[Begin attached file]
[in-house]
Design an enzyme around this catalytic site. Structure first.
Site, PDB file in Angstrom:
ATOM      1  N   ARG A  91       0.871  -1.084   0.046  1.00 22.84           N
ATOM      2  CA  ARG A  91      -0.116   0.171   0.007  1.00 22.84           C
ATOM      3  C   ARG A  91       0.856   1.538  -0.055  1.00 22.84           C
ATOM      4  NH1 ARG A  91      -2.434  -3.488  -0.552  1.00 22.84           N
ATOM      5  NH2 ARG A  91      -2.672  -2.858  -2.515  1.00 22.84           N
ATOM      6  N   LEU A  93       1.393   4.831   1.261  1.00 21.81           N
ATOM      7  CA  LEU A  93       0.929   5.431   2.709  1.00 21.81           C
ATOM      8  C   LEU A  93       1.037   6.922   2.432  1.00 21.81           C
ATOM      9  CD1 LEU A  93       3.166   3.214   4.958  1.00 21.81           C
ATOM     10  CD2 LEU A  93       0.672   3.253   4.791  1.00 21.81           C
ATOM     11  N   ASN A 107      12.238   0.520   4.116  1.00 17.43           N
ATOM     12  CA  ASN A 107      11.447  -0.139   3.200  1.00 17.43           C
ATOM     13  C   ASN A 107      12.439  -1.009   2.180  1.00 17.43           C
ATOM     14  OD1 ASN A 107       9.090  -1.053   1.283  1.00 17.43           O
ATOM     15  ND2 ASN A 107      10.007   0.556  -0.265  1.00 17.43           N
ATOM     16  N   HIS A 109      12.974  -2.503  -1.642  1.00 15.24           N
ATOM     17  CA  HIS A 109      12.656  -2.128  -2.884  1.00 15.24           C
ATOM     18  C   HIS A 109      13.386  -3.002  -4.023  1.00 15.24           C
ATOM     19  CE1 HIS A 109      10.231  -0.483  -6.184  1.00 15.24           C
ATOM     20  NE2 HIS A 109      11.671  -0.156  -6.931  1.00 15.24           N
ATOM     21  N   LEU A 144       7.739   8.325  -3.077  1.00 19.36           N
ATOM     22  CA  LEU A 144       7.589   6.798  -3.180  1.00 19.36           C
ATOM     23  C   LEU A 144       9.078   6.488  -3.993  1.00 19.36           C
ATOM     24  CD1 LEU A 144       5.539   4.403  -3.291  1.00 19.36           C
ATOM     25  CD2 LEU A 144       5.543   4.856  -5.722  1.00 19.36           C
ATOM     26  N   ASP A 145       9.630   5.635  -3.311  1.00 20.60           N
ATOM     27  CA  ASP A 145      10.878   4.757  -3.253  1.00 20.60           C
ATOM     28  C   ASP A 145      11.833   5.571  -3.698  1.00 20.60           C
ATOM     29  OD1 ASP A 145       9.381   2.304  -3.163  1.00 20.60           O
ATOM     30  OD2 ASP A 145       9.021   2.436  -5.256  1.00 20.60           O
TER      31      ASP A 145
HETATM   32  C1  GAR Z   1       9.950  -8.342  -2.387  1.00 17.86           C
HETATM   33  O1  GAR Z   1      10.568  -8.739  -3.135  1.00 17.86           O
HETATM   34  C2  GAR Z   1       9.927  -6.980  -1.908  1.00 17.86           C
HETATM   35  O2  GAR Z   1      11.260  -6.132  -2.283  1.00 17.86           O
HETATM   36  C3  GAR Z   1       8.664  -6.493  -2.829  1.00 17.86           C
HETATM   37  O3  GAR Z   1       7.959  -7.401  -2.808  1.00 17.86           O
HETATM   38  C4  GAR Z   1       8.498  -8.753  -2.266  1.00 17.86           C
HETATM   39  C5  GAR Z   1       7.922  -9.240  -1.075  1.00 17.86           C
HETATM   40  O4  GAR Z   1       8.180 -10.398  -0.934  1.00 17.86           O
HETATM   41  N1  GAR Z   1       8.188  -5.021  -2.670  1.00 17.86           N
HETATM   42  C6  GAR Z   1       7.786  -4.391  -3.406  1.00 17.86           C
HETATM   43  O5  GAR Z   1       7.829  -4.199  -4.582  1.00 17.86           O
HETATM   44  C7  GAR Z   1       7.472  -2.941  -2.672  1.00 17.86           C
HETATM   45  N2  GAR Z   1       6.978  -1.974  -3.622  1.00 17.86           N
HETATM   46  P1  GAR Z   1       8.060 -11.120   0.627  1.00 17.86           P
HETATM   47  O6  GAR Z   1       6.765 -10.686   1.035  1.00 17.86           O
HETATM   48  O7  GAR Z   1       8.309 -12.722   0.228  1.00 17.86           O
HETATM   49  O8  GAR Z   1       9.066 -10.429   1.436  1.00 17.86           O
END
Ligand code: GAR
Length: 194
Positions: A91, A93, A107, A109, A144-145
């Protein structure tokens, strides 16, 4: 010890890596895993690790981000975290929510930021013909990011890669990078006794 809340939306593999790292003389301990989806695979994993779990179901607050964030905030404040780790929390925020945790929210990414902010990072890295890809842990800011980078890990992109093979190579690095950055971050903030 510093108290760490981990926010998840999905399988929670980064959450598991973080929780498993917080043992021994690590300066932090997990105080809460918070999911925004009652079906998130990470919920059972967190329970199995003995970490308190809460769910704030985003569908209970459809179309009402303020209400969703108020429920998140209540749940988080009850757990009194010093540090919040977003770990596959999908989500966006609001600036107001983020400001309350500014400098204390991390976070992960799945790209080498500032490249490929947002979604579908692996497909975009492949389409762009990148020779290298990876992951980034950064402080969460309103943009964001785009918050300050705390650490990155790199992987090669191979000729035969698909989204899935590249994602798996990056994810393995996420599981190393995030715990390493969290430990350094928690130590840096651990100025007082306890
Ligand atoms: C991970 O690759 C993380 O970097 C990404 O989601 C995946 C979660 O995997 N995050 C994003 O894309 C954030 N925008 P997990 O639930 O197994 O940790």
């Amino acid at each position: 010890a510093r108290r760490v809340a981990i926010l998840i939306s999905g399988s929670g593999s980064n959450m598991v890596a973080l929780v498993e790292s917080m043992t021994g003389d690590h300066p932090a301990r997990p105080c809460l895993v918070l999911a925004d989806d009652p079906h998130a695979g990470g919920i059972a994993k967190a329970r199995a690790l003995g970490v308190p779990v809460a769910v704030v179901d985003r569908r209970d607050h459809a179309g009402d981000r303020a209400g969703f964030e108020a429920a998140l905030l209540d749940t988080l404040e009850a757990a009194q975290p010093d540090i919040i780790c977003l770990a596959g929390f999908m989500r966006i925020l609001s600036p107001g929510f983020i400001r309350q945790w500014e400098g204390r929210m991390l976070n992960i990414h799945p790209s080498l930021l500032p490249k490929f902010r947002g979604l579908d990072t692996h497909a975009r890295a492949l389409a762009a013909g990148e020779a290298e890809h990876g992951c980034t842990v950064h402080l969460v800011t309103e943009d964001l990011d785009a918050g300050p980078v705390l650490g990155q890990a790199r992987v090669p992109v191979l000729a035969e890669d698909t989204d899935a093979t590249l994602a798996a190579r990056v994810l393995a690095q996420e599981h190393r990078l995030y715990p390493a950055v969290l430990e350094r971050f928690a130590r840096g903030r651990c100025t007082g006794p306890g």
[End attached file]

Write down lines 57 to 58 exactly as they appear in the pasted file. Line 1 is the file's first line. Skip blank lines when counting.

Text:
């Protein structure tokens, strides 16, 4: 010890890596895993690790981000975290929510930021013909990011890669990078006794 809340939306593999790292003389301990989806695979994993779990179901607050964030905030404040780790929390925020945790929210990414902010990072890295890809842990800011980078890990992109093979190579690095950055971050903030 510093108290760490981990926010998840999905399988929670980064959450598991973080929780498993917080043992021994690590300066932090997990105080809460918070999911925004009652079906998130990470919920059972967190329970199995003995970490308190809460769910704030985003569908209970459809179309009402303020209400969703108020429920998140209540749940988080009850757990009194010093540090919040977003770990596959999908989500966006609001600036107001983020400001309350500014400098204390991390976070992960799945790209080498500032490249490929947002979604579908692996497909975009492949389409762009990148020779290298990876992951980034950064402080969460309103943009964001785009918050300050705390650490990155790199992987090669191979000729035969698909989204899935590249994602798996990056994810393995996420599981190393995030715990390493969290430990350094928690130590840096651990100025007082306890
Ligand atoms: C991970 O690759 C993380 O970097 C990404 O989601 C995946 C979660 O995997 N995050 C994003 O894309 C954030 N925008 P997990 O639930 O197994 O940790």